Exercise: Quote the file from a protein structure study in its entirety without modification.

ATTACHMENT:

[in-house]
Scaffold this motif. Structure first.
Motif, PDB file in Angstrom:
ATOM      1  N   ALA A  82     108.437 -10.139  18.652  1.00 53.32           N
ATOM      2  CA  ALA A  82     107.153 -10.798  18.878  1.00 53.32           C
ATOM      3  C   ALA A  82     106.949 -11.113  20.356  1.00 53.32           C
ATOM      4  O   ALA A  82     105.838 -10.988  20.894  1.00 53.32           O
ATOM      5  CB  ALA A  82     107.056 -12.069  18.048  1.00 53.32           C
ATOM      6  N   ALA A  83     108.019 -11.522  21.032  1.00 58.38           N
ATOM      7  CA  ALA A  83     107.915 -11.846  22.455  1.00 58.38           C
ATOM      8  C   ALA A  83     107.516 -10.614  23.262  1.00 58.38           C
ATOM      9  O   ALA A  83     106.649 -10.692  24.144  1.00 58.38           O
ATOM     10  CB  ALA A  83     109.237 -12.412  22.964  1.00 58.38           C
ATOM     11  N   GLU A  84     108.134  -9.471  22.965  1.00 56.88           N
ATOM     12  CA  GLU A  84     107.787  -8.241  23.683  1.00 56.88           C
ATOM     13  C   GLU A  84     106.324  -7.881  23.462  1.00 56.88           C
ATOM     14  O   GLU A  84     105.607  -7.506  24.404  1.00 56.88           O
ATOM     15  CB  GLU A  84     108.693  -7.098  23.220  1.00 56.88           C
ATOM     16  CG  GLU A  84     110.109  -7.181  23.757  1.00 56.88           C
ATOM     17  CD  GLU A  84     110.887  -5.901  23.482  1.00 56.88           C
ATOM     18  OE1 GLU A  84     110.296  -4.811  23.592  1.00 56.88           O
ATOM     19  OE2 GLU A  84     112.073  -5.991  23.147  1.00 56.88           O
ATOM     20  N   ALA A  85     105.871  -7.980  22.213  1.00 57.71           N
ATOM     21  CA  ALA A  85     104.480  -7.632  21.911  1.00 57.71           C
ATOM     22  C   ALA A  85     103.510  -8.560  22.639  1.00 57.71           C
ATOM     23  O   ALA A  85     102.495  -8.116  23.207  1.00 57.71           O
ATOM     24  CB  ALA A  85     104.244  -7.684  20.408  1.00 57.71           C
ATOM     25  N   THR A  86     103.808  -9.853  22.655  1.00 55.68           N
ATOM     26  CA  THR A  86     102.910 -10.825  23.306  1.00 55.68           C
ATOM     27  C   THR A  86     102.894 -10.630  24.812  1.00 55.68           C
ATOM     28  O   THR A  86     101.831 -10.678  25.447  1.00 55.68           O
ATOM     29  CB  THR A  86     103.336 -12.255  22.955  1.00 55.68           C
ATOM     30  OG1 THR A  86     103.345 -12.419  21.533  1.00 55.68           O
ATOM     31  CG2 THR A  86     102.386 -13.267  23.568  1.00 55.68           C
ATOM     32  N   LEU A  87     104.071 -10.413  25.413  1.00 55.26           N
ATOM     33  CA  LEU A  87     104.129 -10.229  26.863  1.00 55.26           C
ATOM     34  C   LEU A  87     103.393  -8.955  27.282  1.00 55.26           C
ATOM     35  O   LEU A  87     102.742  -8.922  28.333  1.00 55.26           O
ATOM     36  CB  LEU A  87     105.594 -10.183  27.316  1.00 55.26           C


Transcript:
[in-house]
Scaffold this motif. Structure first.
Motif, PDB file in Angstrom:
ATOM      1  N   ALA A  82     108.437 -10.139  18.652  1.00 53.32           N
ATOM      2  CA  ALA A  82     107.153 -10.798  18.878  1.00 53.32           C
ATOM      3  C   ALA A  82     106.949 -11.113  20.356  1.00 53.32           C
ATOM      4  O   ALA A  82     105.838 -10.988  20.894  1.00 53.32           O
ATOM      5  CB  ALA A  82     107.056 -12.069  18.048  1.00 53.32           C
ATOM      6  N   ALA A  83     108.019 -11.522  21.032  1.00 58.38           N
ATOM      7  CA  ALA A  83     107.915 -11.846  22.455  1.00 58.38           C
ATOM      8  C   ALA A  83     107.516 -10.614  23.262  1.00 58.38           C
ATOM      9  O   ALA A  83     106.649 -10.692  24.144  1.00 58.38           O
ATOM     10  CB  ALA A  83     109.237 -12.412  22.964  1.00 58.38           C
ATOM     11  N   GLU A  84     108.134  -9.471  22.965  1.00 56.88           N
ATOM     12  CA  GLU A  84     107.787  -8.241  23.683  1.00 56.88           C
ATOM     13  C   GLU A  84     106.324  -7.881  23.462  1.00 56.88           C
ATOM     14  O   GLU A  84     105.607  -7.506  24.404  1.00 56.88           O
ATOM     15  CB  GLU A  84     108.693  -7.098  23.220  1.00 56.88           C
ATOM     16  CG  GLU A  84     110.109  -7.181  23.757  1.00 56.88           C
ATOM     17  CD  GLU A  84     110.887  -5.901  23.482  1.00 56.88           C
ATOM     18  OE1 GLU A  84     110.296  -4.811  23.592  1.00 56.88           O
ATOM     19  OE2 GLU A  84     112.073  -5.991  23.147  1.00 56.88           O
ATOM     20  N   ALA A  85     105.871  -7.980  22.213  1.00 57.71           N
ATOM     21  CA  ALA A  85     104.480  -7.632  21.911  1.00 57.71           C
ATOM     22  C   ALA A  85     103.510  -8.560  22.639  1.00 57.71           C
ATOM     23  O   ALA A  85     102.495  -8.116  23.207  1.00 57.71           O
ATOM     24  CB  ALA A  85     104.244  -7.684  20.408  1.00 57.71           C
ATOM     25  N   THR A  86     103.808  -9.853  22.655  1.00 55.68           N
ATOM     26  CA  THR A  86     102.910 -10.825  23.306  1.00 55.68           C
ATOM     27  C   THR A  86     102.894 -10.630  24.812  1.00 55.68           C
ATOM     28  O   THR A  86     101.831 -10.678  25.447  1.00 55.68           O
ATOM     29  CB  THR A  86     103.336 -12.255  22.955  1.00 55.68           C
ATOM     30  OG1 THR A  86     103.345 -12.419  21.533  1.00 55.68           O
ATOM     31  CG2 THR A  86     102.386 -13.267  23.568  1.00 55.68           C
ATOM     32  N   LEU A  87     104.071 -10.413  25.413  1.00 55.26           N
ATOM     33  CA  LEU A  87     104.129 -10.229  26.863  1.00 55.26           C
ATOM     34  C   LEU A  87     103.393  -8.955  27.282  1.00 55.26           C
ATOM     35  O   LEU A  87     102.742  -8.922  28.333  1.00 55.26           O
ATOM     36  CB  LEU A  87     105.594 -10.183  27.316  1.00 55.26           C